The Process subtheme focused on skills fathers identified as important to learn from an intervention program. This subtheme was addressed by 35% of fathers (n = 15). Many fathers talked about the need to learn how to talk with teens about sex and relationships, including when and how to start a conversation with a teen. Pedro explained, “I still don’t know, uh, what is right, what is enough, uh, how much, uh, what level or to what extent, uh, the talk is okay, right? I just probably would (want to) know from someone, this is probably a proper way of talking and to what extent you can talk to your kids, you know. It would be, yeah, it would be good to know, rather than being, you know, entirely clueless”. Ted talked about the need for guidance on how to begin a conversation, “something that gives you discussion topics or, you know, or different tactics to generate-to initiate these discussions…More tricks, more tools, more things to help to get the conversation going. So, just, you know, just kinda keep that in mind like things to ease awkwardness”.

4. Discussion

Following the PRECEDE model, this paper provides input from fathers with teen children on their goals and priorities related to talking with their teens about sex and relationships as well as barriers to having these conversations. In order to guide next steps in intervention development, this paper also includes fathers’ feedback on what they would look for in a program to support health-promoting talk with their teens about sex and relationships. This is one of few studies which provides a needs assessment for fathers’ talk with their teens about sex and relationships as well as an exploration of what fathers would look for in an intervention.
Fathers described their roles in talking with their teens about sex and relationships as both educators and open and responsive listeners. These roles fit with what adolescents and young adults look for in talk with parents about sex [41,42,43]. These findings fit with prior studies which found that fathers view talk with their teens about sex as an important role for fathers [16,44]. Participating fathers also discussed the importance of both parent and teen gender in shaping their roles in talking with teens about sex. Many fathers shared a belief that their perspectives and experiences as males could bring useful insight about sex and relationships to male and female teens. However, they also described ways their teens seemed more comfortable talking with same-gender parents about sexual issues, suggesting more paternal responsibilities toward sons than daughters. The focus on same-gender communication fits with research showing lower levels of father–daughter than father–son talk about sex [4,15], and suggests that fathers may feel more responsible for sons than daughters [14]. However, fathers’ identification of a unique role for sharing male perspectives identifies potential for support for their teens regardless of teen gender.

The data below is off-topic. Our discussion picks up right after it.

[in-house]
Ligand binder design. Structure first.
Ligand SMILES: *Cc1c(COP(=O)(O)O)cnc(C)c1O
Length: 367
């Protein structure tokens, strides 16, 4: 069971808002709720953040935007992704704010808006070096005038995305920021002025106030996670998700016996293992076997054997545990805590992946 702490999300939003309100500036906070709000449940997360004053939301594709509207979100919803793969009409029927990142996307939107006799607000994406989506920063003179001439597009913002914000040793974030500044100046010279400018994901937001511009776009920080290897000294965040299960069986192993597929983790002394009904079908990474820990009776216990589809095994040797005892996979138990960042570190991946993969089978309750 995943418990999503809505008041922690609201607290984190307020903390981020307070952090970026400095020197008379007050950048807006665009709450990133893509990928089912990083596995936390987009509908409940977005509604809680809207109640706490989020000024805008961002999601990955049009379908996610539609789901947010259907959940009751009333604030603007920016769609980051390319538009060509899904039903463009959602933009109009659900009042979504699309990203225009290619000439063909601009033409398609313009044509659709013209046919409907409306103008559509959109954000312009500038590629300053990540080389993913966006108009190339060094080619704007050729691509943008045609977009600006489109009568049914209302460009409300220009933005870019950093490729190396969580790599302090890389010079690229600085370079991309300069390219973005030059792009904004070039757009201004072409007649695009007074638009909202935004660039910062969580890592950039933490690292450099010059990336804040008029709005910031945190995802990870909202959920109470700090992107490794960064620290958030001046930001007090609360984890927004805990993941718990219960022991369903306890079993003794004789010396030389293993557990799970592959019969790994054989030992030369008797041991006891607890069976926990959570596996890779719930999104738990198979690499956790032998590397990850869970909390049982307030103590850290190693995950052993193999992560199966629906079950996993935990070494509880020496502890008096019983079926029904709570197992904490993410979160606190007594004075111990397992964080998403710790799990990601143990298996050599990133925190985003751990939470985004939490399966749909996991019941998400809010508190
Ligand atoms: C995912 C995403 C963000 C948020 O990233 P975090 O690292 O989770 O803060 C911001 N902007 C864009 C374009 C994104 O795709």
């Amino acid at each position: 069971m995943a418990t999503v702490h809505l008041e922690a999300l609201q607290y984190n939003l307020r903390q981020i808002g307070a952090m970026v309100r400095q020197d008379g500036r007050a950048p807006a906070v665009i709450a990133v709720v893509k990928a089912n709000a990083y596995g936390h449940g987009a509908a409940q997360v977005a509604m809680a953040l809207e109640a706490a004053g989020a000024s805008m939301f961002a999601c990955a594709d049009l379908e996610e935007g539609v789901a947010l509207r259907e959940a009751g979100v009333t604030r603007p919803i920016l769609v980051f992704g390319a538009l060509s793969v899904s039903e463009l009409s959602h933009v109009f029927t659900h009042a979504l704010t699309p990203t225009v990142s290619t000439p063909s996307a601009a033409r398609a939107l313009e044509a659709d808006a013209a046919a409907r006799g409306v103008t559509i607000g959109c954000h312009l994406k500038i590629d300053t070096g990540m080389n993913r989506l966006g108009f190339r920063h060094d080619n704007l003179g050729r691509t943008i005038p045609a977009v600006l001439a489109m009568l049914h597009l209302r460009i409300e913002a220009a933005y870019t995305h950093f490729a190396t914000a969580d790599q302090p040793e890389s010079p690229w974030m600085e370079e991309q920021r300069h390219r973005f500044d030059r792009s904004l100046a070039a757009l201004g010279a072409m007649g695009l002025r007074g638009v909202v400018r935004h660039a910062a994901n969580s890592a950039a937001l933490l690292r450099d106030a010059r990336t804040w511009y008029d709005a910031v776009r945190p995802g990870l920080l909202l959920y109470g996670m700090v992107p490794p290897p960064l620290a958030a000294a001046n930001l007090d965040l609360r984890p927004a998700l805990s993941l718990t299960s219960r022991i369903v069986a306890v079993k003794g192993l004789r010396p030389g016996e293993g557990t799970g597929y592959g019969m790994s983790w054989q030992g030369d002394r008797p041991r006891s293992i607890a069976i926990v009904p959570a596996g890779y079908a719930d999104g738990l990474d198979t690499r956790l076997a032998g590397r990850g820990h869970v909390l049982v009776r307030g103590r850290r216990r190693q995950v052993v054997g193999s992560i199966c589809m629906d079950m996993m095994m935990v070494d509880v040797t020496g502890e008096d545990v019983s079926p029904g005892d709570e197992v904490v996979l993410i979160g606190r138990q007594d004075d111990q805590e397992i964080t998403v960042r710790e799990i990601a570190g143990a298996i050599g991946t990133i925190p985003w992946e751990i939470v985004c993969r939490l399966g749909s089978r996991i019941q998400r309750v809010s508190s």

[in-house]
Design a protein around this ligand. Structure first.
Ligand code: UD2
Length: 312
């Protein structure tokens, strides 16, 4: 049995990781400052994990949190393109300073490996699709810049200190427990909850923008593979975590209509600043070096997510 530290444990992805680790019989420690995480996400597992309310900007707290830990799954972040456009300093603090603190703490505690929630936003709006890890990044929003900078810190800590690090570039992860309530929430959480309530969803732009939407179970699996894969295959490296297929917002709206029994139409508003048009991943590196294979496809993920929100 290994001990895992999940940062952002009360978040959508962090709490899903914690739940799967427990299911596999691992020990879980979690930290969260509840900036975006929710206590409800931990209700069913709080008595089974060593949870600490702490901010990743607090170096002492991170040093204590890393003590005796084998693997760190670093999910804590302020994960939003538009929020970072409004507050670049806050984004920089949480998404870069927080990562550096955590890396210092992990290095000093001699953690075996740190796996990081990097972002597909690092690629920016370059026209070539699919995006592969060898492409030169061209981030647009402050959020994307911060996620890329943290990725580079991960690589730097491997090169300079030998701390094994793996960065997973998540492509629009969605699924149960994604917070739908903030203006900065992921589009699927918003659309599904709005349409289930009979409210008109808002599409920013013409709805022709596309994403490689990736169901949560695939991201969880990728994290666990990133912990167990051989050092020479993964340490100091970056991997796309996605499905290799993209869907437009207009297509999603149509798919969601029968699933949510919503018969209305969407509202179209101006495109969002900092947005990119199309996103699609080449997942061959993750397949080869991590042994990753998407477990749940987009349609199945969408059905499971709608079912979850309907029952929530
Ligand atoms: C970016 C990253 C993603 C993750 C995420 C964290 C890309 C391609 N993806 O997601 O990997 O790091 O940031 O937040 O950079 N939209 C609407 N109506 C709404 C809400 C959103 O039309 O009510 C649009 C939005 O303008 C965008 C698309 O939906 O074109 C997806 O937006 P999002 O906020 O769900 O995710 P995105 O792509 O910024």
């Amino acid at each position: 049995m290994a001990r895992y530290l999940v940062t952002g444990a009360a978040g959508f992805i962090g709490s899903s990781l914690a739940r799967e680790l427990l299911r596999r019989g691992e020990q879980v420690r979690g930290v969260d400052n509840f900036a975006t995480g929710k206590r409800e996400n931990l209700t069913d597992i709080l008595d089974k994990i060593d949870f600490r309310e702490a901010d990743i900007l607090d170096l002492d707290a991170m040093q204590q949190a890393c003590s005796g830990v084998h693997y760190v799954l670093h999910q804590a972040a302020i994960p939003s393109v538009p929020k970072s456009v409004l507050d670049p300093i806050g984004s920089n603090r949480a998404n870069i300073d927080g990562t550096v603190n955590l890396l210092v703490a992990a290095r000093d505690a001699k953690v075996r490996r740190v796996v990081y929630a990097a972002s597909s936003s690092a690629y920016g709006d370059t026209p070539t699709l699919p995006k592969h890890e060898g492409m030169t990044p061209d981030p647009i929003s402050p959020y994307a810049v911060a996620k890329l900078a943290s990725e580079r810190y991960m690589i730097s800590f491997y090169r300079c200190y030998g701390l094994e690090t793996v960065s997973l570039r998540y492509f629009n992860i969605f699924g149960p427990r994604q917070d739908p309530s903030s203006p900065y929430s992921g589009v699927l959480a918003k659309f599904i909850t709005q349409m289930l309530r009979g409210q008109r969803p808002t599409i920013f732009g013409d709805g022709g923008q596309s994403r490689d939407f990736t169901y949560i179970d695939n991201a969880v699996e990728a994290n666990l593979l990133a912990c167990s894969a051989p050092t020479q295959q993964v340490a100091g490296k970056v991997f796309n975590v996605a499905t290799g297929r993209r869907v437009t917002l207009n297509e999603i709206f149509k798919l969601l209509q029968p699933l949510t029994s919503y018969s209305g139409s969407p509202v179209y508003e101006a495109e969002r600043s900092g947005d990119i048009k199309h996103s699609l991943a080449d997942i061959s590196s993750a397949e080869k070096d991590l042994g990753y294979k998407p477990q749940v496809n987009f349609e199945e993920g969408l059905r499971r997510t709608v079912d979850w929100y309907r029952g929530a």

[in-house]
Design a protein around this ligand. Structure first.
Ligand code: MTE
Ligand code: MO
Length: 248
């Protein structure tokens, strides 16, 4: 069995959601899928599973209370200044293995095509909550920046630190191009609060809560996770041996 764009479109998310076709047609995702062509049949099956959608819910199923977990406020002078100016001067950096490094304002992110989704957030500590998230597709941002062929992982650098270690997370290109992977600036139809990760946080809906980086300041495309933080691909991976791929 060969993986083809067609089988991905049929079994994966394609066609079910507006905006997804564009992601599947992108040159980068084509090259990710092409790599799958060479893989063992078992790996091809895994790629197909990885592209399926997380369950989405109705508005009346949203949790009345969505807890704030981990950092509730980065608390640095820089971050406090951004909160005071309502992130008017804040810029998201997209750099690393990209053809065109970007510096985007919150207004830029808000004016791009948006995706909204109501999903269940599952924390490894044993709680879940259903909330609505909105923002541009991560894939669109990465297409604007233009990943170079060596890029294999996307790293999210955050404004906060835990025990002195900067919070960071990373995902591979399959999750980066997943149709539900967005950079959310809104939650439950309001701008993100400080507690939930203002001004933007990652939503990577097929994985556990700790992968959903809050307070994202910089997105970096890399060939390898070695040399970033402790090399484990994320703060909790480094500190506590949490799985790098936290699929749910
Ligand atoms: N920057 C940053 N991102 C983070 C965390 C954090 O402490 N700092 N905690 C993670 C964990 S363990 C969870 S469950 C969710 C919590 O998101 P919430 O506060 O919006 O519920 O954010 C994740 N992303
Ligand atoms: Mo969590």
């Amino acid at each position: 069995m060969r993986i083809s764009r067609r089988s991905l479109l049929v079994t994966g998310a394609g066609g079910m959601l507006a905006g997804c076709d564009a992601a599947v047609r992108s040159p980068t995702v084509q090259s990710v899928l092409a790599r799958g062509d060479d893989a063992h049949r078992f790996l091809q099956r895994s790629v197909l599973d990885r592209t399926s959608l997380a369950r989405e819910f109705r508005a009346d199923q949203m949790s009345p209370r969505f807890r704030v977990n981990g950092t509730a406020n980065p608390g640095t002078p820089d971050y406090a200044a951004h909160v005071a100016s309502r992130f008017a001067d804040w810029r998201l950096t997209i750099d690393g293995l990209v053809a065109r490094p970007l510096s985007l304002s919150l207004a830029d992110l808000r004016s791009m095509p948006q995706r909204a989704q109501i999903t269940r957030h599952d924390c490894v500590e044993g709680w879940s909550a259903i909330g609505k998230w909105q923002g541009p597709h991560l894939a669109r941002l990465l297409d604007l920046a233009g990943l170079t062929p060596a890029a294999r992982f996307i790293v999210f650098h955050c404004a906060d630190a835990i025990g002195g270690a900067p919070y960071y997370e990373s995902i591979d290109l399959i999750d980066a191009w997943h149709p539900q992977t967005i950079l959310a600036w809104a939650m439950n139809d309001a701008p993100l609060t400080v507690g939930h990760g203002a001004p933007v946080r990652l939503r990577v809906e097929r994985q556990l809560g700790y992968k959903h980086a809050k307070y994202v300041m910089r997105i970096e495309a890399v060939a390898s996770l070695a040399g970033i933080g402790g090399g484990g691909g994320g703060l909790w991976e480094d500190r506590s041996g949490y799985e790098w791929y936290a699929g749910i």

The messages fathers described as important to share with their teens focused on key issues related to teens’ health, including healthy relationships, preventing pregnancy and STIs, and boundaries and consent. The first two topics have been found in prior research [11,12], but the focus on consent is less documented in fathers’ or mothers’ talk with their teens, as parents may see it as taboo to discuss [45]. Fathers’ recognition of the importance of this issue is meaningful, since most school-based sex education programs do not address it [46]. The topics fathers identified as important to discuss are consistent with fathers’ feedback on the need to address topics in an intervention program that could threaten their teens’ health and future, such as unhealthy relationships or teen pregnancy. However, one topic which was virtually absent from fathers’ feedback on content for an intervention was sexual orientation and identity. Despite growing acceptance of gay marriage in the U.S. in recent decades [47], parents often assume their children are heterosexual [48] and are reluctant to discuss sexual orientation with their children [11].